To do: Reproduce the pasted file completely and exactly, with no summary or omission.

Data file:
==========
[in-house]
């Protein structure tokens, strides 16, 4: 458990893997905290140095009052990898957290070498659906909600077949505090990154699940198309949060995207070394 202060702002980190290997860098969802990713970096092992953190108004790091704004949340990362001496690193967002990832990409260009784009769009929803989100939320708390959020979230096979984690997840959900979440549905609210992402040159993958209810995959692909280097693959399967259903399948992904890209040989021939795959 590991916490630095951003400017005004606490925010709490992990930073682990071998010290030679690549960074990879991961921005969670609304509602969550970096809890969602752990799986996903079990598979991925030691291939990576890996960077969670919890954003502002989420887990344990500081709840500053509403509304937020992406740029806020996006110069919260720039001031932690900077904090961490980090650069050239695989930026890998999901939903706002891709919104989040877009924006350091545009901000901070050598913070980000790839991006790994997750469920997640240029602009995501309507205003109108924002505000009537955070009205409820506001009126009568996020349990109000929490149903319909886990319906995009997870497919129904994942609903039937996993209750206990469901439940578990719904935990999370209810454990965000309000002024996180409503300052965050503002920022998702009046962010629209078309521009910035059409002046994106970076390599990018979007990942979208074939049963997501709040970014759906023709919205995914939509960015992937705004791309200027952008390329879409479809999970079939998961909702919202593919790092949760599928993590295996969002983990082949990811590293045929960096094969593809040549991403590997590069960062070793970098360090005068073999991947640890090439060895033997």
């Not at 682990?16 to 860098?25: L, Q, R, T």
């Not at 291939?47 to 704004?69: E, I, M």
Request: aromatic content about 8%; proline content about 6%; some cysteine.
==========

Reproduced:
[in-house]
């Protein structure tokens, strides 16, 4: 458990893997905290140095009052990898957290070498659906909600077949505090990154699940198309949060995207070394 202060702002980190290997860098969802990713970096092992953190108004790091704004949340990362001496690193967002990832990409260009784009769009929803989100939320708390959020979230096979984690997840959900979440549905609210992402040159993958209810995959692909280097693959399967259903399948992904890209040989021939795959 590991916490630095951003400017005004606490925010709490992990930073682990071998010290030679690549960074990879991961921005969670609304509602969550970096809890969602752990799986996903079990598979991925030691291939990576890996960077969670919890954003502002989420887990344990500081709840500053509403509304937020992406740029806020996006110069919260720039001031932690900077904090961490980090650069050239695989930026890998999901939903706002891709919104989040877009924006350091545009901000901070050598913070980000790839991006790994997750469920997640240029602009995501309507205003109108924002505000009537955070009205409820506001009126009568996020349990109000929490149903319909886990319906995009997870497919129904994942609903039937996993209750206990469901439940578990719904935990999370209810454990965000309000002024996180409503300052965050503002920022998702009046962010629209078309521009910035059409002046994106970076390599990018979007990942979208074939049963997501709040970014759906023709919205995914939509960015992937705004791309200027952008390329879409479809999970079939998961909702919202593919790092949760599928993590295996969002983990082949990811590293045929960096094969593809040549991403590997590069960062070793970098360090005068073999991947640890090439060895033997």
């Not at 682990?16 to 860098?25: L, Q, R, T």
């Not at 291939?47 to 704004?69: E, I, M």
Request: aromatic content about 8%; proline content about 6%; some cysteine.